Five…four…Ferguson picks up his dribble…three . . . two . . . one . . . Ferguson shoots and scores! They win! They did it! Ferguson’s last-second shot has won the championship!
With my hands raised in victory, I shouted those words in the driveway of my house as a kid. In fact, I created a heroic drama like this hundreds of times every summer.
I bet you did too.
If it wasn’t a game-winning last-second shot, how did you imagine yourself as the hero somewhere?
My wife, Sue, who became a teacher, saw herself being like Anne Sullivan: teaching the next Helen Keller and helping her students discover how to learn.
Maybe you dreamed of taking a spaceship into outer space as the whole world watched to see whether you would land safely.
Perhaps you envisioned yourself in front of ten thousand screaming fans, nailing a face-melting solo on your electric guitar.
Maybe you imagined dancing so beautifully that when the music stopped, the crowd erupted with a standing ovation.
I believe God put that dream to be a hero within each of us as our way to make a difference and to leave our mark on planet Earth.
Jesus as a Hero Maker
Jesus’ death on the cross was heroic. Jesus told his Father, “Not my will, but yours be done” (Luke 22:42), and then he stretched out his arms and gave his life for us.
But Jesus didn’t stop with being a hero. He made heroes out of his closest followers. We know that Jesus was a hero maker by how he allocated his time and energy as a leader.
When you think of Jesus’ ministry, do you picture him speaking to the crowds—Sermon on the Mount, feeding of the five thousand—or spending time to train the Twelve? One researcher says the Gospels put 3/4’s of their emphasis on the training of the Twelve. He calculates that from the time Jesus told the Twelve that he’d teach them to multiply (“I will send you out to fish for people” [Matt. 4:19]) until his death, Jesus spent 73 percent of his time with the Twelve. That’s 46 events with the few, compared with 17 events with the masses. The ratio of time Jesus spent with the few versus time he spent with the many was almost three to one.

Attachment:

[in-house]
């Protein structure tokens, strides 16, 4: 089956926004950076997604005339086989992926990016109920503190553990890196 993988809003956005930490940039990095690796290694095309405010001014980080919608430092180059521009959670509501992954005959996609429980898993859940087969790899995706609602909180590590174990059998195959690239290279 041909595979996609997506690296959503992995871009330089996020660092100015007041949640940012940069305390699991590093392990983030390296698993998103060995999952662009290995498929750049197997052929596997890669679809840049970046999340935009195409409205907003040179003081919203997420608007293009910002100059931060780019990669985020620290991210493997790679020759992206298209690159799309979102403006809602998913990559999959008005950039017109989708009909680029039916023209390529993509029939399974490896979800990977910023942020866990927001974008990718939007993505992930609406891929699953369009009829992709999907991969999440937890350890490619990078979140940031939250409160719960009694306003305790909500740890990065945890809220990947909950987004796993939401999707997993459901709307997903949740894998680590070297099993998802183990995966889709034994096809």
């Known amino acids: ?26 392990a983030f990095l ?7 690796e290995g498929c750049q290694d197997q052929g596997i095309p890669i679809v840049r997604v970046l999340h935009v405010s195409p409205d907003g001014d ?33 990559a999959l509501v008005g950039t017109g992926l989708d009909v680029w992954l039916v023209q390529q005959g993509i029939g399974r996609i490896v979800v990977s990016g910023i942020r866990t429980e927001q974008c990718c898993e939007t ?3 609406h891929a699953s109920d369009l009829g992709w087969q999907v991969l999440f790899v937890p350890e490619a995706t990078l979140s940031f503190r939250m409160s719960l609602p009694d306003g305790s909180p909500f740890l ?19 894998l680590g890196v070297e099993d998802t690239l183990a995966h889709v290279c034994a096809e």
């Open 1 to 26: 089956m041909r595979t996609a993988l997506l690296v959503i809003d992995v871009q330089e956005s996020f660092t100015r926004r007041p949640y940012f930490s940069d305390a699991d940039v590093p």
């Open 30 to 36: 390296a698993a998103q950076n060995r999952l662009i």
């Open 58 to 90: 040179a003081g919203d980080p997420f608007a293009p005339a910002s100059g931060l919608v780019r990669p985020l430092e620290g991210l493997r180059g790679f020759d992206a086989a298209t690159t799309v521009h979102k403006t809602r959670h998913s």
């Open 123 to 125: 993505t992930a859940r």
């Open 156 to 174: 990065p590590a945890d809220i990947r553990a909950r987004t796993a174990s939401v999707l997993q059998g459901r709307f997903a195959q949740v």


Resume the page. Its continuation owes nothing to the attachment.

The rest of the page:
The point: Jesus’ ministry emphasis, in terms of where he put the biggest amount of time, was with his 12 apprentices! He was mentoring them so they would do “greater things” (John 14:12). This included multiplying themselves through others.
In the years that followed, not only do we see the amazing works of the Holy Spirit through these 12 in and after the book of Acts, but according to history Jesus’ earliest followers fulfilled his prophecy that they would do greater things by making other disciple makers around the world
21st-Century Hero Maker
I vividly remember the day I looked at my schedule and saw an appointment with a guy named Sam Stephens. I asked my assistant, Pat, why I had this meeting and who this guy was.
“I thought you knew him,” she said. “All I know is that he is from India.”
I went into the meeting wondering if this would be a waste of my time. I greeted the man, extended my hand and asked him to tell me his story. Sam started back in the 1950s, with a story about his father. Sam’s father had started a mission to plant churches in India, and by 1992 they had experienced some growth. They now had 200 churches, and all could be traced to that first church started by Sam’s dad in the ’50s.
Wow, I thought. Two hundred churches! Sam had my attention now.
Sam wasn’t comfortable talking about his own work; he’s very humble. So I had to drag the details out of him. He told me that in 1992, he had taken over the mission, and he made a simple but strategic shift in the way they did things. He began to insist that every church planter not only plant a church but also have an apprentice church planter. This was someone who would come alongside the planter and learn firsthand how to plant a church, so the reproduction would continue year after year.